SigTerm SigTerm - 3 months ago 11
C++ Question

"and"/"or" instead of "&&"/"||" in C++ code - compiler feature or programmer's fault?


Possible Duplicate:

or is not valid C++ : why does this code compile ?




Hello.

I've recently encountered unusual C++ code written by someone else:

bool operator != (Point p1, Point p2)
{
return p1.X != p2.X or p1.Y != p2.Y or p1.Z != p2.Z;
};


as far as I can tell,
or
isn't declared anywhere, even as macros.
There are also few
and
s in the code.
As a result, project doesn't build on VC2008 Express. Person that gave me the code said that author has been using mingw compiler.

The question: is this a non-standard compiler feature (I doubt it), is this a part of newer C++ standard (I haven't been watching C++0x), or is this a programmer's problem (say if the guy moved from pascal, he could have been using and/or instead of
&&
/
||
because of habit, or because he thinks it is more "readable").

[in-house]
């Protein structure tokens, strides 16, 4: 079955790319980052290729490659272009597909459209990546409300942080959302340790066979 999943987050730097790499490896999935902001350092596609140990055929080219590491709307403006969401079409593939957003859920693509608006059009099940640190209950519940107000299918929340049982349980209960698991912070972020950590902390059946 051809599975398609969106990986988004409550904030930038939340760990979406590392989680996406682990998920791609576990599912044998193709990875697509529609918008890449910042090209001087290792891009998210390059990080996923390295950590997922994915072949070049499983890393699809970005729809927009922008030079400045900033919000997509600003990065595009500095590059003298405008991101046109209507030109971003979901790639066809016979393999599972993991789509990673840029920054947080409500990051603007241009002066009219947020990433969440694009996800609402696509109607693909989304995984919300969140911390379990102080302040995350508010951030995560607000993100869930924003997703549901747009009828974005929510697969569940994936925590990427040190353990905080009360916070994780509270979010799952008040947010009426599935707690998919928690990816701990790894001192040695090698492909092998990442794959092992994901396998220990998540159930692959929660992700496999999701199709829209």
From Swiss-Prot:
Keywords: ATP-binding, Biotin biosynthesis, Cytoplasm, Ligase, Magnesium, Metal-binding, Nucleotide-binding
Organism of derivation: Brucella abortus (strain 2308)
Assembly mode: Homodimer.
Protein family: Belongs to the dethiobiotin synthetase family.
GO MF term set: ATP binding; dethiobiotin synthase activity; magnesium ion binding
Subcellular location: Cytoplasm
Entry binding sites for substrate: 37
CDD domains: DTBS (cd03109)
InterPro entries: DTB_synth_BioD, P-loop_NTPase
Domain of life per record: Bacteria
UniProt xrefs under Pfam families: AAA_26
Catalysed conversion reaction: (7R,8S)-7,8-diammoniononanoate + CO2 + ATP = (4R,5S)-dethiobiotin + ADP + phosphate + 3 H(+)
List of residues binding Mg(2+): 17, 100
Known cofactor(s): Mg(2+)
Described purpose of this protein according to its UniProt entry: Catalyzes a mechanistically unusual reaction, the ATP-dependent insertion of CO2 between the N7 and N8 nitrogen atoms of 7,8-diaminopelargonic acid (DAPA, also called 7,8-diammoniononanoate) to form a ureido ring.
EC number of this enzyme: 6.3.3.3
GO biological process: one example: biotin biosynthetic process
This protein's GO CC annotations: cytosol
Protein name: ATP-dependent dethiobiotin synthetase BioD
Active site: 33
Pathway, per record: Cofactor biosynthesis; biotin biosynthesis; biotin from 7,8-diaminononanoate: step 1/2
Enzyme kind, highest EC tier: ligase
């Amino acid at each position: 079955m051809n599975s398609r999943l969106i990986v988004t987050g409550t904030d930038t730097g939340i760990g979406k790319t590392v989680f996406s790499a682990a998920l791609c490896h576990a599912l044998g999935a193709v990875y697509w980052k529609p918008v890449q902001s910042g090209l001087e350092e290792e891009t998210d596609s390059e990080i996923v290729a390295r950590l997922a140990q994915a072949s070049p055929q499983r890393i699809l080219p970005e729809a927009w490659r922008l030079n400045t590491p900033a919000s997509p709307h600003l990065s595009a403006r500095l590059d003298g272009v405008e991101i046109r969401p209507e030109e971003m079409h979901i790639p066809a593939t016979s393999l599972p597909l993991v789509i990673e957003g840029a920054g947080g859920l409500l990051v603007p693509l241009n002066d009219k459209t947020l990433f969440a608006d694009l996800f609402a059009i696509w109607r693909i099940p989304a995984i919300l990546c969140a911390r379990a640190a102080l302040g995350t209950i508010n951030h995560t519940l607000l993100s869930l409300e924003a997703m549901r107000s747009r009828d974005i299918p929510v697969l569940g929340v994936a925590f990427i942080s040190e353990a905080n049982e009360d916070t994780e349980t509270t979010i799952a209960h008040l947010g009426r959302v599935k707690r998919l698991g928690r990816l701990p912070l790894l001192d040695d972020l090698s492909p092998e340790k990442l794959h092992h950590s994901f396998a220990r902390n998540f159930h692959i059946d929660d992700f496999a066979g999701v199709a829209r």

Answer

It’s part of the C++ standard. Unfortunately, Visual C++ doesn’t enable that part by default, and Microsoft’s answer to a bug report is “won’t fix, since nobody uses this.”

To fix Visual C++, you need to disable the Microsoft language extensions in the compiler, which can be done with the command line option /Za.

Alternatively, a simple workaround is to include the header <ciso646> which defines these keywords for non-compliant compilers.

(I’m one of the few people who prefer this style, and I’m a bit angry at Microsoft for forcing me to use ASCII soup instead of clean, english words to make my code portable.)